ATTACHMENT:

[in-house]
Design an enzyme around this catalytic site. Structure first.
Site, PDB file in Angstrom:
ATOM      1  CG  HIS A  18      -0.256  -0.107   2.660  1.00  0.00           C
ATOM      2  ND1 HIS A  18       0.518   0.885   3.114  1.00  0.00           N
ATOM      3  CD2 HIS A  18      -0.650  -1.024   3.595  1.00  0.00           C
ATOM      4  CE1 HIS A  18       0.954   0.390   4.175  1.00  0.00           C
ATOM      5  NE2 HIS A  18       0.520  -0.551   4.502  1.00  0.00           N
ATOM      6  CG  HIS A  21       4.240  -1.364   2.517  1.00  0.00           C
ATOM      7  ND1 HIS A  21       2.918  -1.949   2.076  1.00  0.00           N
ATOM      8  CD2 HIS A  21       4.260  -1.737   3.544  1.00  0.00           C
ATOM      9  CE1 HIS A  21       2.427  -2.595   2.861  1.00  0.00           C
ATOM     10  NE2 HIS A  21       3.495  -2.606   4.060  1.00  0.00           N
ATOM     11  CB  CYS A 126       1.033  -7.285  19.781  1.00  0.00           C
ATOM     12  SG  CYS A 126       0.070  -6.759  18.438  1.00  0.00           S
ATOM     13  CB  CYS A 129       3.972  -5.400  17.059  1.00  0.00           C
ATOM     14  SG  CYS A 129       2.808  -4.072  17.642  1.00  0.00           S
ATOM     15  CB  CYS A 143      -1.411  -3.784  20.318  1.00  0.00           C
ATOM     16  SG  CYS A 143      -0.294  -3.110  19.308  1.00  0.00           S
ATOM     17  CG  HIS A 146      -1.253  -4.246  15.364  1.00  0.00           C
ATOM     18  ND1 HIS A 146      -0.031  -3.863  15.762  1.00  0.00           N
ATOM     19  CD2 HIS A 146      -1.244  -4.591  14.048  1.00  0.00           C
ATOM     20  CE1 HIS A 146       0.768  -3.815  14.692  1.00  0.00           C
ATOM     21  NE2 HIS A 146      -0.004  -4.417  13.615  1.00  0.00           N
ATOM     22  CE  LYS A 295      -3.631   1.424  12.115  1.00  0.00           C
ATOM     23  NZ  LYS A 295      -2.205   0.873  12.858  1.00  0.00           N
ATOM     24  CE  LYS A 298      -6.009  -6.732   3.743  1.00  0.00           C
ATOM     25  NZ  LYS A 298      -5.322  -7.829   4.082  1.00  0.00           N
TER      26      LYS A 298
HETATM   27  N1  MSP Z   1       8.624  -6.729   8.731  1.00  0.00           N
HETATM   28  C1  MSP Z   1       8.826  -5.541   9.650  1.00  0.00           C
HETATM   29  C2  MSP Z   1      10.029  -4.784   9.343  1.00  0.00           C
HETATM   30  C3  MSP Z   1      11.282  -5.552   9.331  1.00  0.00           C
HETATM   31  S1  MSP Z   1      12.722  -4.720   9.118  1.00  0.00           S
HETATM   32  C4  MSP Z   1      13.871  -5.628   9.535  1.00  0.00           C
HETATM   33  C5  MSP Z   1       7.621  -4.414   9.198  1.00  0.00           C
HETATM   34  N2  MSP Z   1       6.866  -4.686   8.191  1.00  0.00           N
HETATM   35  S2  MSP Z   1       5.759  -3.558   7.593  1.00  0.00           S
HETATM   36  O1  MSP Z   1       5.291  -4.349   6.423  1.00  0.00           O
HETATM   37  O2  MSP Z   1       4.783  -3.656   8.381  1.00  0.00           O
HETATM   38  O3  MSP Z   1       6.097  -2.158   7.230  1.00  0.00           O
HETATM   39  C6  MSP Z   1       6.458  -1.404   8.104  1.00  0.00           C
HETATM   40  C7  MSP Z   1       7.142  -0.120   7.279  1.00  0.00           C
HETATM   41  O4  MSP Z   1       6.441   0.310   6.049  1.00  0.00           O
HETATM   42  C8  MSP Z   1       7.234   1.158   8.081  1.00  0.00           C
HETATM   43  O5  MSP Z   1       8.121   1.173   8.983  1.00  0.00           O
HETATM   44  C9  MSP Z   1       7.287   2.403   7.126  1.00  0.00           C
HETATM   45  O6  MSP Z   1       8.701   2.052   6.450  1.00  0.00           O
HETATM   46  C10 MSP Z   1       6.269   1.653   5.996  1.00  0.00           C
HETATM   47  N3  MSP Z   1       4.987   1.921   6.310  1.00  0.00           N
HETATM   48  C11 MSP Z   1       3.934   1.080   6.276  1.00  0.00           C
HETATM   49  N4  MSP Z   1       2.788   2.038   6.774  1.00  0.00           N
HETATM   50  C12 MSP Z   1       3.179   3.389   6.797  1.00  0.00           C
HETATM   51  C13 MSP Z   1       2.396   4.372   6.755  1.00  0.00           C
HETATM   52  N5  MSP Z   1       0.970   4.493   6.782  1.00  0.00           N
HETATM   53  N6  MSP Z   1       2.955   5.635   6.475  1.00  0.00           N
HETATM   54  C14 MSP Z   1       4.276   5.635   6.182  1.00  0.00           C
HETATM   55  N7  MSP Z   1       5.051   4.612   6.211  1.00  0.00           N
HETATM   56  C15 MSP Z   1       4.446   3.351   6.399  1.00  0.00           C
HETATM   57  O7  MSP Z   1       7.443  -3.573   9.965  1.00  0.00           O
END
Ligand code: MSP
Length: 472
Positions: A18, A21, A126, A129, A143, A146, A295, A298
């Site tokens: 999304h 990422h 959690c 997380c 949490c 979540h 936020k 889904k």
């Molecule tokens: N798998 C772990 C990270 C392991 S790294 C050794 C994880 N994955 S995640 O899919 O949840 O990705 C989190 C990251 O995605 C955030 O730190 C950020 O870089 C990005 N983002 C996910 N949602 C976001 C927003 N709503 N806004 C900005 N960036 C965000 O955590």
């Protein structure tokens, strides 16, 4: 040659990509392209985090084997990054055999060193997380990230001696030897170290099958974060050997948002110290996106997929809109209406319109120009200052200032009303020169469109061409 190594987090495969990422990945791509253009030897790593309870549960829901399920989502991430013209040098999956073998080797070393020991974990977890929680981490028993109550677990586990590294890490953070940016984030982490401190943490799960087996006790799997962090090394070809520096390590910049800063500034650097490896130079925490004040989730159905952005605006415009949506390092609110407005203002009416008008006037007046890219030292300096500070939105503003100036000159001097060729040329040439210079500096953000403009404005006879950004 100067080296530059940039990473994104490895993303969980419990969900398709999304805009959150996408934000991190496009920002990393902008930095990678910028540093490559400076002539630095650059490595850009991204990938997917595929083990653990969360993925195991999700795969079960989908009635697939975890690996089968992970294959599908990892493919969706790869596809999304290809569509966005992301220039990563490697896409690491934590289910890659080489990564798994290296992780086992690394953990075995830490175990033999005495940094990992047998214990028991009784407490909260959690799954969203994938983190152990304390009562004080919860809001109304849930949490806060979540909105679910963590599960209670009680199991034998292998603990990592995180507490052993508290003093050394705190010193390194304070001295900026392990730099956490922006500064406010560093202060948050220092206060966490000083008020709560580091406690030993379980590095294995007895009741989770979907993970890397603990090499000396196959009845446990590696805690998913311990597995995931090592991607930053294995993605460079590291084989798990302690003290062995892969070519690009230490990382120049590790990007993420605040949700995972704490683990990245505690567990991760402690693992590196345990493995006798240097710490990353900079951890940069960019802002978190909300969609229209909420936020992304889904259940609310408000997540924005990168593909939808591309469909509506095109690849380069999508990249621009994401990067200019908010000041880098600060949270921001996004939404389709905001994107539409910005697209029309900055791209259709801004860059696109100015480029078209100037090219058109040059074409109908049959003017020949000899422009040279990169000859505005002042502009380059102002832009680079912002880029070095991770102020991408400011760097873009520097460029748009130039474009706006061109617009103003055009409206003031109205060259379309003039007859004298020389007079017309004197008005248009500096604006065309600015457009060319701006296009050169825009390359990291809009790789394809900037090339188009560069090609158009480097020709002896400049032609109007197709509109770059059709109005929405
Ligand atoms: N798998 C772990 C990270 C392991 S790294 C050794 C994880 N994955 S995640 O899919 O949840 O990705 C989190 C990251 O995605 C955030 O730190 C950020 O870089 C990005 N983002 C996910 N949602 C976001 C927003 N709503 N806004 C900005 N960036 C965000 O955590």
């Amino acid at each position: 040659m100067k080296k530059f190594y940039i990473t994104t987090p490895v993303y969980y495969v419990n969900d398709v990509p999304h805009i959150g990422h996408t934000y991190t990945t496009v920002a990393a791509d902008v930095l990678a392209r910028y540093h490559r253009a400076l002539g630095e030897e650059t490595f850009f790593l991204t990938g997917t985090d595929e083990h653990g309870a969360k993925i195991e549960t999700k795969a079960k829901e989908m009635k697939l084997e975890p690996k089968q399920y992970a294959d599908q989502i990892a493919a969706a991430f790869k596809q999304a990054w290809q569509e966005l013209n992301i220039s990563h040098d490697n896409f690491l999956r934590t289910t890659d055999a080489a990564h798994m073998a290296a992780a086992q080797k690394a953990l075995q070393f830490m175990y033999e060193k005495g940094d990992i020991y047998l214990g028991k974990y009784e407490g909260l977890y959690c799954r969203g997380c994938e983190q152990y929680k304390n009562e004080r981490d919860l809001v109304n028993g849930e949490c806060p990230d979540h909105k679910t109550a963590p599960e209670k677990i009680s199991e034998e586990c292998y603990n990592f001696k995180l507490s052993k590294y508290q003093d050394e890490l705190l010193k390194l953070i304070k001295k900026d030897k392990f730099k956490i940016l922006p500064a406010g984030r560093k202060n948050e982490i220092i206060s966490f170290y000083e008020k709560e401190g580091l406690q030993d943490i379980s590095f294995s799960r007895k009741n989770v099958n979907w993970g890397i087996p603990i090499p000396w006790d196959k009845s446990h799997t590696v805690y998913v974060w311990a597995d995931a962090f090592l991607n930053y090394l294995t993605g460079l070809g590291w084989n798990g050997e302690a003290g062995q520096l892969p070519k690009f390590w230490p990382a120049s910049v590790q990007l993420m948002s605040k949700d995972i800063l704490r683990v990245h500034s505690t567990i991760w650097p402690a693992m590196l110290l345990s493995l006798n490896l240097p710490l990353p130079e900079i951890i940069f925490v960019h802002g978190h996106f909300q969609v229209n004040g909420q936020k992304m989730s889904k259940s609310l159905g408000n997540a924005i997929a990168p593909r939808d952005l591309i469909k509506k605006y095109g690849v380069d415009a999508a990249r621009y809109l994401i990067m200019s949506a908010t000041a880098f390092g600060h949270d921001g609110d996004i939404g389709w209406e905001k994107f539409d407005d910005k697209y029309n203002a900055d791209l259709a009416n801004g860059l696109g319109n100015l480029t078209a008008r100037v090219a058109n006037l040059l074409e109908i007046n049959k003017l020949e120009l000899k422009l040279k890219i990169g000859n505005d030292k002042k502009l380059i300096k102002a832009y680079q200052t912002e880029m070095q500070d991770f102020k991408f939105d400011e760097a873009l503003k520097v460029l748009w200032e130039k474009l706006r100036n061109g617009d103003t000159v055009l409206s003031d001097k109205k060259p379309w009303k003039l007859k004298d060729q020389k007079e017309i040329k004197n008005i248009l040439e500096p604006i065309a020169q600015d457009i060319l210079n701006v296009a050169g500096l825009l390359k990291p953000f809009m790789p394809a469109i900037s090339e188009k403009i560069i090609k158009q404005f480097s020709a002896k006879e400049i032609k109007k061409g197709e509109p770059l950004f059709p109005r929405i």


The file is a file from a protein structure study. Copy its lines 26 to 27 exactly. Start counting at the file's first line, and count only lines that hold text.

ATOM     23  NZ  LYS A 295      -2.205   0.873  12.858  1.00  0.00           N
ATOM     24  CE  LYS A 298      -6.009  -6.732   3.743  1.00  0.00           C